Ah, serendipity. Last week I was strolling through my local library looking for a good book when the words “Piano Girl” caught my eye from the new in non-fiction shelf. Curious, I picked it up and found myself engrossed in one of the most touching, truthful, and funny books I’ve ever read about the life of a musician.
Piano Girl: Lessons in Life, Music, and the Perfect Blue Hawaiian is the Memoir of Robin Meloy Goldsby who started her 30 year career as a lounge pianist quite by accident when she approached the manager of a Nantucket eatery about using their piano to practice before opening. After hearing her practice that first day, the manager employed the musically trained but ill-equipped young woman as the house pianist. With a bit of advice from her father (a working musician himself), lots of on-the-job training, and no small about of risk taking she soon found herself working in some extraordinary situations as well as some depressingly ordinary ones.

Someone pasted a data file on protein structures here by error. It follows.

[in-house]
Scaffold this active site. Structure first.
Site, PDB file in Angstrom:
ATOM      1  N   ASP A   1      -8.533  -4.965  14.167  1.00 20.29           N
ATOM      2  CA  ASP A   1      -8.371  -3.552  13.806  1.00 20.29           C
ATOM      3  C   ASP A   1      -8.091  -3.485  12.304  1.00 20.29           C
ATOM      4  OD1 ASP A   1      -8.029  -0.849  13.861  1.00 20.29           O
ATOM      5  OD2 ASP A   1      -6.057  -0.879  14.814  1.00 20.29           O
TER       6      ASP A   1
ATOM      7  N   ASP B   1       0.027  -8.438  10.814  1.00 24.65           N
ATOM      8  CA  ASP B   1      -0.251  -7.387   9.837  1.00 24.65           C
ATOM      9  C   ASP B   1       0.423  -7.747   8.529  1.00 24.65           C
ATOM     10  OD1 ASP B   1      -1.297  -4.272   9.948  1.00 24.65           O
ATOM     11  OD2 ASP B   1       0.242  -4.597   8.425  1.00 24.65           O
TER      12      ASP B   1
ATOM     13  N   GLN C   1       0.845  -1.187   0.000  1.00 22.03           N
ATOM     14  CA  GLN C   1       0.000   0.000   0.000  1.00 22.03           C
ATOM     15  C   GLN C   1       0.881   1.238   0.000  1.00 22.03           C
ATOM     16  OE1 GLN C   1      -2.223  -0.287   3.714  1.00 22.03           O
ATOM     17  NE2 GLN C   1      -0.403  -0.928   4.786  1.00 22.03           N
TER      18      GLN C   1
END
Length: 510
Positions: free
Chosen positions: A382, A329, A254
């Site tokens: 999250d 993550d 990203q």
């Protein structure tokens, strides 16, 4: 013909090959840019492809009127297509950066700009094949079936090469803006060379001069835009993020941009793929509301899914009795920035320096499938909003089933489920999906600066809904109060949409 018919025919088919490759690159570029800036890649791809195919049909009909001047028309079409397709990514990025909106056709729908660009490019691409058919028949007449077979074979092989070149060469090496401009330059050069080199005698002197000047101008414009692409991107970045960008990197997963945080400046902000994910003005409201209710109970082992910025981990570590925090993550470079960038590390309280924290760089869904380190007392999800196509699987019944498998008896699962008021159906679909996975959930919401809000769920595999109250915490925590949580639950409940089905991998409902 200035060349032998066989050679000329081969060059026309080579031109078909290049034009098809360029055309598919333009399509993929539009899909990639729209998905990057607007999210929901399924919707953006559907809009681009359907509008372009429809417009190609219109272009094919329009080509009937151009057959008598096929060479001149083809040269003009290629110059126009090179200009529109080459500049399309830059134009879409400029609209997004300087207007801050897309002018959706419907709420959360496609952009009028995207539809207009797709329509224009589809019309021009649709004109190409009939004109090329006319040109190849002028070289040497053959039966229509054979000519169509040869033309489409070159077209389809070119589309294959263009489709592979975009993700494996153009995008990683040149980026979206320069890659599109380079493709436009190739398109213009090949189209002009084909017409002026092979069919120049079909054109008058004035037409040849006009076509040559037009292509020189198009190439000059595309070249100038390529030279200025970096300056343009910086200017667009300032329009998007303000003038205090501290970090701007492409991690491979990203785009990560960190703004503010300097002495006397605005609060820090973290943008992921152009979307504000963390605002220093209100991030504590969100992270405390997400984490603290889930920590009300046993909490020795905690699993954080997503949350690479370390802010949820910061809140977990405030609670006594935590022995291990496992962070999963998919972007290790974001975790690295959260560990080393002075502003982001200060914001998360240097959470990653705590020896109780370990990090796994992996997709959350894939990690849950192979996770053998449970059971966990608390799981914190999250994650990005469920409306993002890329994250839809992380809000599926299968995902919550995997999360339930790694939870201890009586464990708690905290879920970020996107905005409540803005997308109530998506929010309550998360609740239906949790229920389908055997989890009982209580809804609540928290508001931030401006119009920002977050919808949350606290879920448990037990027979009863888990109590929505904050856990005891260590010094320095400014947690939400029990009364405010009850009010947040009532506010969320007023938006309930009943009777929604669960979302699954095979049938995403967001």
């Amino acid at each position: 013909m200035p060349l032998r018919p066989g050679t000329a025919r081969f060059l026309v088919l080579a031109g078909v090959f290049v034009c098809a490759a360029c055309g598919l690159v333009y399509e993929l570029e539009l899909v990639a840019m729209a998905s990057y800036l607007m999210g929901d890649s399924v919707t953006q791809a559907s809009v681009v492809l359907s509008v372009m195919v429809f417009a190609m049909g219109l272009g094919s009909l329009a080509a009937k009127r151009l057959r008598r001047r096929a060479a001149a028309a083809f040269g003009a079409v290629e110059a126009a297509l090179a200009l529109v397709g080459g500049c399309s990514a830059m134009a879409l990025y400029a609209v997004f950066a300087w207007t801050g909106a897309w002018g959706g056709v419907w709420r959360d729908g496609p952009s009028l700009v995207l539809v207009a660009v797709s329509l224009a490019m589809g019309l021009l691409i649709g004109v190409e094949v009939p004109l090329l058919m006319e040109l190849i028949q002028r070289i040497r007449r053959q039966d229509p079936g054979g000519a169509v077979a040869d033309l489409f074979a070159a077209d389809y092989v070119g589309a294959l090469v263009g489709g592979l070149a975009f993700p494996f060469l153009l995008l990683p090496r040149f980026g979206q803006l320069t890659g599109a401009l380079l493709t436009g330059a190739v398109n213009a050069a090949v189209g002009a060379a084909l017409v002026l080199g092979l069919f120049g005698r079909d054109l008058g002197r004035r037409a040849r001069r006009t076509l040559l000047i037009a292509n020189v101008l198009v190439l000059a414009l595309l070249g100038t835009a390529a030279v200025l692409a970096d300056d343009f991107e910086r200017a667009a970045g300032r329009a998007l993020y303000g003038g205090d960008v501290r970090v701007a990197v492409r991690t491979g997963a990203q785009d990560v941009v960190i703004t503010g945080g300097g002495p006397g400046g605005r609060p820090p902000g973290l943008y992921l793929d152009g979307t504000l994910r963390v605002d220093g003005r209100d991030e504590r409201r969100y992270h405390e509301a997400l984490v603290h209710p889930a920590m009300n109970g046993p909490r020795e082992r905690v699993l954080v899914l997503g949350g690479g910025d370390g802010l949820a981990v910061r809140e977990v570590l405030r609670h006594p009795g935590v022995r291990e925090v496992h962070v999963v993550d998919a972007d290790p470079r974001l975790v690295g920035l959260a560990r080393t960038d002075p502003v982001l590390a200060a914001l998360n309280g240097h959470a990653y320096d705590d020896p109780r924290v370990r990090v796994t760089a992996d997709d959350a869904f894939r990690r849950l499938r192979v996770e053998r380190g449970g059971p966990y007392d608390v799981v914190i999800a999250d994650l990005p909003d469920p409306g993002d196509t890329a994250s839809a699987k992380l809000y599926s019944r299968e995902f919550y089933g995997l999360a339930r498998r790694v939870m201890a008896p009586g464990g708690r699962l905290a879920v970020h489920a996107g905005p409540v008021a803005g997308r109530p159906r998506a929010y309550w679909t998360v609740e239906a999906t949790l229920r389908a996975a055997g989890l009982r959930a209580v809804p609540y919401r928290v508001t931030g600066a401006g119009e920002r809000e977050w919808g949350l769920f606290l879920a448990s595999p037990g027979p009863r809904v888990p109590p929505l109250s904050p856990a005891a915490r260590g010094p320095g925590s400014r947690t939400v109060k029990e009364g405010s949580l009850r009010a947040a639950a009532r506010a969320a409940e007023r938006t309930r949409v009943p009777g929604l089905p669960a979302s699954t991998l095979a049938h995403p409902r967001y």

I highly recommend this book to anyone who has worked as a musician or anyone who has ever wondered what a musician’s life is really like. It will confirm what the musician already knows and shatter the illusions of the non-musician. The life of a working musician is far from what most people imagine it to be, but this book simply and directly reveals just what a rich and beautiful experience it can be for those who follow the path.